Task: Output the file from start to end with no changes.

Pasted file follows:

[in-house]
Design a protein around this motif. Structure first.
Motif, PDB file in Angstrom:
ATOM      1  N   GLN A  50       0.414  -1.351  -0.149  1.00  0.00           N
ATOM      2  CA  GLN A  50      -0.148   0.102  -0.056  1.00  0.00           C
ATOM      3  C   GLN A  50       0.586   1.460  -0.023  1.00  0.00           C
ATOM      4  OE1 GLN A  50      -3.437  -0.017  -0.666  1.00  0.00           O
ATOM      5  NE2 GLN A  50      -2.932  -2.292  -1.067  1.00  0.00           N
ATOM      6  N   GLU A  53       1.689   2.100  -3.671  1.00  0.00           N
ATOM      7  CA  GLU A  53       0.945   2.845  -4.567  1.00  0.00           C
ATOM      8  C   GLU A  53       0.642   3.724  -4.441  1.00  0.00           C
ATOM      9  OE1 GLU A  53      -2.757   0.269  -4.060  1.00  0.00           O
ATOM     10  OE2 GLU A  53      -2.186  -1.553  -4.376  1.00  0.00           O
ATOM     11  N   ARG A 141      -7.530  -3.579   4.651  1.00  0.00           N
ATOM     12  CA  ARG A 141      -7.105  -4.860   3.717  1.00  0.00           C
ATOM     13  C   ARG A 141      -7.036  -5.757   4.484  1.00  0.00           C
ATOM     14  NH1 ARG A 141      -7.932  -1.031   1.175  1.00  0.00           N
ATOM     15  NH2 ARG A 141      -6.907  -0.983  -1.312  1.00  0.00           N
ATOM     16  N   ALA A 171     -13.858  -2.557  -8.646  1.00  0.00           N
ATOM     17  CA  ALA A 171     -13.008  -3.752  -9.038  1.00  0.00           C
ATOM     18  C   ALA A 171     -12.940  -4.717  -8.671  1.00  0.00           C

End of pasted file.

[in-house]
Design a protein around this motif. Structure first.
Motif, PDB file in Angstrom:
ATOM      1  N   GLN A  50       0.414  -1.351  -0.149  1.00  0.00           N
ATOM      2  CA  GLN A  50      -0.148   0.102  -0.056  1.00  0.00           C
ATOM      3  C   GLN A  50       0.586   1.460  -0.023  1.00  0.00           C
ATOM      4  OE1 GLN A  50      -3.437  -0.017  -0.666  1.00  0.00           O
ATOM      5  NE2 GLN A  50      -2.932  -2.292  -1.067  1.00  0.00           N
ATOM      6  N   GLU A  53       1.689   2.100  -3.671  1.00  0.00           N
ATOM      7  CA  GLU A  53       0.945   2.845  -4.567  1.00  0.00           C
ATOM      8  C   GLU A  53       0.642   3.724  -4.441  1.00  0.00           C
ATOM      9  OE1 GLU A  53      -2.757   0.269  -4.060  1.00  0.00           O
ATOM     10  OE2 GLU A  53      -2.186  -1.553  -4.376  1.00  0.00           O
ATOM     11  N   ARG A 141      -7.530  -3.579   4.651  1.00  0.00           N
ATOM     12  CA  ARG A 141      -7.105  -4.860   3.717  1.00  0.00           C
ATOM     13  C   ARG A 141      -7.036  -5.757   4.484  1.00  0.00           C
ATOM     14  NH1 ARG A 141      -7.932  -1.031   1.175  1.00  0.00           N
ATOM     15  NH2 ARG A 141      -6.907  -0.983  -1.312  1.00  0.00           N
ATOM     16  N   ALA A 171     -13.858  -2.557  -8.646  1.00  0.00           N
ATOM     17  CA  ALA A 171     -13.008  -3.752  -9.038  1.00  0.00           C
ATOM     18  C   ALA A 171     -12.940  -4.717  -8.671  1.00  0.00           C